‘Swell’

  Photo credit:  Dave Johnson

Photo credit: Dave Johnson

By Conor White-Andrews

He has already seen the two lifeguards looking. He has seen them glaring, and he can see Oscar—his brown skin dark against the turquoise-grey swell—waving at him irritatedly, further along in the water, scowling and shouting something inaudible. They had entered the water together—he, Oscar, and Juan—but now Charlie is at least thirty metres away, alone, away from the other swimmers. The beach is quieter today because of the incoming storm, a fraction of the usual crowd, and there are very few people in the sea. The waves are three or four times their normal size, but still, Charlie is alone, away from the other swimmers, struggling against the current. It is for this reason that the lifeguards are looking.

They are wearing electric, luminous yellow polo shirts, which have, Charlie knows, the word “socarista,” (lifeguard) printed in red letters across the back. They are also wearing red shorts that stop halfway down their deeply tanned legs and plastic mirror sunglasses and one of them, the one on the left, is holding a long, red float attached to a white string that has been tied around his waist. The man is holding the red float up by one hand and looking at Charlie and now the other people on the beach are watching him too. A situation has developed, and Charlie is not sure how.

But it is real, this situation, and Charlie has lost control. His companions are already leaving the water, now even further along, treading back along the sand towards the others, and Charlie is in a spot. The current has moved him toward the rocks at the far side of the beach, and the waves, three or four times their usual size, are too strong. They are crashing down from exceptional heights, seemingly two at a time, and pulling him underwater. His eyes are stinging because of the salt and he cannot wipe them because his arms, already exhausted from his limp efforts at fighting the current, are busy keeping him up. Beneath him he can feel the hard, sharp faces of rocks, and the thought of sea urchins, of black needles delicately puncturing the paper-white soles of his feet, is as bad as that of his skull being suddenly, violently forced down against the stone. His green swimming shorts have come undone and are slipping down. With one hand he is wildly, uselessly grabbing at his crotch. The waves are unrelenting against his face, in his eyes, and he is spluttering, coughing up water.

On the beach, there are maybe thirty people watching. They are standing there, hands at their hips. Later, in conversation, Charlie will say how eager—how keen—the lifeguard was to enter the water, suddenly tearing off his yellow polo shirt to expose his dark, sculpted chest and dashing through the waves towards him. He looks amused when he arrives, his green eyes taunting Charlie, laughing at the pale English boy in the water. His hand grips Charlie’s left arm and it hurts, being dragged back to the shore with the salt stinging his eyes. His right hand holding up the green shorts that cover his penis. Later, he will say that it was unnecessary, that he was fine. But in the moment, he is content to be saved.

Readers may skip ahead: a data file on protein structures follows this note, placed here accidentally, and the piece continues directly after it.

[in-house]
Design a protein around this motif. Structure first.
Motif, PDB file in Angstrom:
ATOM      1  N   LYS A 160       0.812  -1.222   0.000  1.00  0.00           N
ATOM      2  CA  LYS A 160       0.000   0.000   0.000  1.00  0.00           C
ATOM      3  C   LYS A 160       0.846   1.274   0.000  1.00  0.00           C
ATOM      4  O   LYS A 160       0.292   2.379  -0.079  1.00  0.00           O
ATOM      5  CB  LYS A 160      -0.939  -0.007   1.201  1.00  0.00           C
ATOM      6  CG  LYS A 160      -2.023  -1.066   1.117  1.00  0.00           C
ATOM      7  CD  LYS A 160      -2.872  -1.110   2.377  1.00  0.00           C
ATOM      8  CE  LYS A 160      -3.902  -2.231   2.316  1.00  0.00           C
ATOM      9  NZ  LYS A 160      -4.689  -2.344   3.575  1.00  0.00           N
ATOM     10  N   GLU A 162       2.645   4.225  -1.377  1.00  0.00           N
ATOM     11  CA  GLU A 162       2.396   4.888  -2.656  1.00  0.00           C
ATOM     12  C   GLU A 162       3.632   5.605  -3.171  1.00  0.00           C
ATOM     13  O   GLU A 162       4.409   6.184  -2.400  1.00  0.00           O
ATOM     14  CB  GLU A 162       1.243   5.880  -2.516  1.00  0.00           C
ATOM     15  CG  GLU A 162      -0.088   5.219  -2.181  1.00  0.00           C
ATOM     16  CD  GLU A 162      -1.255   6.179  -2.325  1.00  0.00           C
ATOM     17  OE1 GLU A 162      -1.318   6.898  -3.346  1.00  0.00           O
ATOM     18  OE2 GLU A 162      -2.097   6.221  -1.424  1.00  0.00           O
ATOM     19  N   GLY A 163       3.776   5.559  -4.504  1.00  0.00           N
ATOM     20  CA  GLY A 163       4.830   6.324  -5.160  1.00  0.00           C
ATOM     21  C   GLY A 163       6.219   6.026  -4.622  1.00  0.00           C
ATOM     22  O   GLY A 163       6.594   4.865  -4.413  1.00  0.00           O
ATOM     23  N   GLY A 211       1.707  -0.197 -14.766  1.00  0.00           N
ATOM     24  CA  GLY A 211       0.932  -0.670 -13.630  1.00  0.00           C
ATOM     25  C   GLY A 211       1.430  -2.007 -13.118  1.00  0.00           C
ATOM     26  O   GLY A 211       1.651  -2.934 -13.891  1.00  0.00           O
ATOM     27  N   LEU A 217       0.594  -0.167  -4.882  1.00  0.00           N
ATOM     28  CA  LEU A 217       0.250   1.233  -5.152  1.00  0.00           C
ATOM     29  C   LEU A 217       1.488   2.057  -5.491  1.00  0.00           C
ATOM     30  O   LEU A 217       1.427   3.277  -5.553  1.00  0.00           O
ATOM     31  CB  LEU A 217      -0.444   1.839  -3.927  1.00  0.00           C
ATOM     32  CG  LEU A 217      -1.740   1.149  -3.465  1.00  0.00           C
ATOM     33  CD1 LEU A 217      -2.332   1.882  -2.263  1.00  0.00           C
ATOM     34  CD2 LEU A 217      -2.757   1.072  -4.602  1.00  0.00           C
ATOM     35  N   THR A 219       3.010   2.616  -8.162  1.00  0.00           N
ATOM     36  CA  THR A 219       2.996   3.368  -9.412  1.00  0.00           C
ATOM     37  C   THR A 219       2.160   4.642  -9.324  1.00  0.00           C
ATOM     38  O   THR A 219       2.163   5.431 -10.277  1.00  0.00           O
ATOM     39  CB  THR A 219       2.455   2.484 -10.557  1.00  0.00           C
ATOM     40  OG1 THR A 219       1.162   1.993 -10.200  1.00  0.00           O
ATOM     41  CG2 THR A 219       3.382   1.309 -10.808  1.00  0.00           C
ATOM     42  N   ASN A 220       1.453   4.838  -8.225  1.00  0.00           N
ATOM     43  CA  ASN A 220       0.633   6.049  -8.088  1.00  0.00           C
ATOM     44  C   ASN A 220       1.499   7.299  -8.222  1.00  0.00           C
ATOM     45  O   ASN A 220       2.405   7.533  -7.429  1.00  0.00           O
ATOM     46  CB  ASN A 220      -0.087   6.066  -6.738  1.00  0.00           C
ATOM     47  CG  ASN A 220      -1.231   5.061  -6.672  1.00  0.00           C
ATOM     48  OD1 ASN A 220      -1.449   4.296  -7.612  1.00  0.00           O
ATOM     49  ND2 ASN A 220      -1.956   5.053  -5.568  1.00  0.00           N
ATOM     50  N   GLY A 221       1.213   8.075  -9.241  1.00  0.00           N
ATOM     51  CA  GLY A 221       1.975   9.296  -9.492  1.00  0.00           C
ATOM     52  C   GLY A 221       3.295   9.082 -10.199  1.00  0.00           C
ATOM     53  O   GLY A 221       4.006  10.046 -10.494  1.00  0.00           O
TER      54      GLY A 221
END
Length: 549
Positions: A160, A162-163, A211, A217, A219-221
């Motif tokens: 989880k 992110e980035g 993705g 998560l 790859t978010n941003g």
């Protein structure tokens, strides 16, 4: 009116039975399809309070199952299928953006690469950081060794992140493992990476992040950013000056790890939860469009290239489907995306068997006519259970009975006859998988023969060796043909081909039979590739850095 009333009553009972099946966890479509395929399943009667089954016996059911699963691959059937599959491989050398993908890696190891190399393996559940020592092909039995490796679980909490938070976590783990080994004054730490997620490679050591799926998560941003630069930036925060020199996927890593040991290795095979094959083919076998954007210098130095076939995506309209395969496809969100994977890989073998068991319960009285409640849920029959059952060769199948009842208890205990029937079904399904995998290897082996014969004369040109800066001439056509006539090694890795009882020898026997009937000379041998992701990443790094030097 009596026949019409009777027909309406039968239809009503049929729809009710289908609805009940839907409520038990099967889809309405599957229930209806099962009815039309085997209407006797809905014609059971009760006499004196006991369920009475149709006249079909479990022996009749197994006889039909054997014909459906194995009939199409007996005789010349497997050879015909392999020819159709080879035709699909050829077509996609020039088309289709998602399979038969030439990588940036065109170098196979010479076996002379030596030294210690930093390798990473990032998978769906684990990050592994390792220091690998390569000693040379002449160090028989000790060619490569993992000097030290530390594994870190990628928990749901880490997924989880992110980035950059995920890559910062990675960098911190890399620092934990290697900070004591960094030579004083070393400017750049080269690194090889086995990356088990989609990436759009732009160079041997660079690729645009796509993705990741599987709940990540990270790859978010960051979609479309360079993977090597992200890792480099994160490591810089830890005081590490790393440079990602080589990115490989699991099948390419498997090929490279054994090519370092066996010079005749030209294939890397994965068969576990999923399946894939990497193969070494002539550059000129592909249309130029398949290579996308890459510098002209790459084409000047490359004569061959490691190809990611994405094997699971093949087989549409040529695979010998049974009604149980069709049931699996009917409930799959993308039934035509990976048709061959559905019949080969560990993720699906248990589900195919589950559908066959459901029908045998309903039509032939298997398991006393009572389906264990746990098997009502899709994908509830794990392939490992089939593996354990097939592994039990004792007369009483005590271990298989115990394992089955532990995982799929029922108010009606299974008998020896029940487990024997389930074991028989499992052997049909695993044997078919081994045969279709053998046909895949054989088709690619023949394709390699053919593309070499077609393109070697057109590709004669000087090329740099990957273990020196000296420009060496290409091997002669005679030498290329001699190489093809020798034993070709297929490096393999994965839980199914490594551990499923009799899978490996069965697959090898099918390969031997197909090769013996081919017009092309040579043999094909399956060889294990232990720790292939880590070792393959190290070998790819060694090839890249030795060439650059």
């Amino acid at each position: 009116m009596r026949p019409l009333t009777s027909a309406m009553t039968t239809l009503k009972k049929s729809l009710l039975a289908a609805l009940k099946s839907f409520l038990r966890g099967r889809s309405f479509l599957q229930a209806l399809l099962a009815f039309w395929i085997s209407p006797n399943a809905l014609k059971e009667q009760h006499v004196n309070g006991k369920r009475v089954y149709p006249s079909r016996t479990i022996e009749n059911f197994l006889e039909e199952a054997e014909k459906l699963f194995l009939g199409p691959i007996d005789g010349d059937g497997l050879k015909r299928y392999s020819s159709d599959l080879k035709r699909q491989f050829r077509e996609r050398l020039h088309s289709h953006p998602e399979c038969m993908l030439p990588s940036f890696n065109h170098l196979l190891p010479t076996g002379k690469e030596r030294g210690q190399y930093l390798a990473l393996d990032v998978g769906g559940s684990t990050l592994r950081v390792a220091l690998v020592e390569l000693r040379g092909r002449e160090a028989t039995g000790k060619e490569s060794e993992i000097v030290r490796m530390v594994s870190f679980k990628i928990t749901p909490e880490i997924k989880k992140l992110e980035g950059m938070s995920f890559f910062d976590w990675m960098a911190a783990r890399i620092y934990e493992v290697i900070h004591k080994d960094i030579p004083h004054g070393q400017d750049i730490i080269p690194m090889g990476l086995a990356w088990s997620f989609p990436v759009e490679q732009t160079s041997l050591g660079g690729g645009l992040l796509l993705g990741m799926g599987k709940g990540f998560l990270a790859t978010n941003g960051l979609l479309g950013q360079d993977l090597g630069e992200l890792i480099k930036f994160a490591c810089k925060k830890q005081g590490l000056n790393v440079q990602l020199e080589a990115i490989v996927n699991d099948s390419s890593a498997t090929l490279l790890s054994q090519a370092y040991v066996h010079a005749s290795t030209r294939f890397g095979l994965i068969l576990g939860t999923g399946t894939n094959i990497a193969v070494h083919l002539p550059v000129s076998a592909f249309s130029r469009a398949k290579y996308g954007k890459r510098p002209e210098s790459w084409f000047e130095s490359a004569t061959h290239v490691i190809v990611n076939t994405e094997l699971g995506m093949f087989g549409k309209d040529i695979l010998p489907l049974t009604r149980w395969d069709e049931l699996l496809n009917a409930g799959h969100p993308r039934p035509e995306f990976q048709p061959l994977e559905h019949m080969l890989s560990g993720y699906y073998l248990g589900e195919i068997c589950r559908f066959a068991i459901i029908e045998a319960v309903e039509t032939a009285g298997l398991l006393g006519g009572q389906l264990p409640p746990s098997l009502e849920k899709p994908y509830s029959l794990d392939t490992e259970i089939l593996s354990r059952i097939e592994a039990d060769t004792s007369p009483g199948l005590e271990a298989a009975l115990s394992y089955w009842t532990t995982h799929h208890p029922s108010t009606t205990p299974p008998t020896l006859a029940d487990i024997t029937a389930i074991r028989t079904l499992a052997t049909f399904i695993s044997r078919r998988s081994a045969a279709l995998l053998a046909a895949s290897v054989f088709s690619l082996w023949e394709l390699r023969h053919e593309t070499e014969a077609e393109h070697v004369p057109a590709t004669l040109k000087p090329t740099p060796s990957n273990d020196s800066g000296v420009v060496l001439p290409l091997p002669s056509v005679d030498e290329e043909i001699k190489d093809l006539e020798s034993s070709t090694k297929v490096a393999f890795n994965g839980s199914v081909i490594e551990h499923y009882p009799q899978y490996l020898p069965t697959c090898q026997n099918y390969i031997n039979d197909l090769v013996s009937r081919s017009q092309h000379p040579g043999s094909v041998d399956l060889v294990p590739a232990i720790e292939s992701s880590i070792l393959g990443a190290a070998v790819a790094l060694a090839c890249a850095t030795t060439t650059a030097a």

He keeps saying, in Spanish, that he didn’t know there were rocks. He says thank you very much, but that he didn’t know there were rocks. He says this—tells himself this—in order to add reason: he was swimming too close to the rocks and this is why the lifeguard had intervened. If somebody is swimming too close to the rocks, then the lifeguards must do something. It is as simple as that.

And this is what he tells his friends, back on the sand, once the lifeguard with the green eyes has shoved him off and his friends gather around him. I didn’t know there were rocks, he splutters, not meeting any of their eyes. He doesn’t look, but he knows that Oscar is shaking his head and that Juan is bent forward laughing. He is laughing so hard that there is hardly any sound, only a high-pitched squeaking. Beside his friends—who are Spanish and brown—Charlie is an unhealthy white. When they go back to the edge of the water, to sit down in the damp sand and let the turquoise-grey waves wash up around them, Charlie returns to his towel. His towel is at the top of the beach where the sand is fine and dry, and he brushes off the edges before sitting down.

He knows that there are still people watching—laughing at the stupid guiri pallido in his green shorts—and that the lifeguards, now back together, keep glancing back at him and grinning, giggling. A whole beach of people, though fewer than usual because of the incoming storm, is laughing at his expense.

On his towel, he lies down on his back. While the sky was gray and overcast when they arrived, walking slowly down the beach from Oscar’s house, there are now vast patches of crisp blue and white sunlight burning over the sand. They have been saying that the storm, la tormenta, will arrive tomorrow for three days now, but again, it will not be today. Perhaps it will be tomorrow. Lying on his back, Charlie closes his eyes. The sun is hot on his skin, and soon he will begin to burn.

 

Conor White-Andrews is based out of London. Follow him on Twitter @ConrWA.

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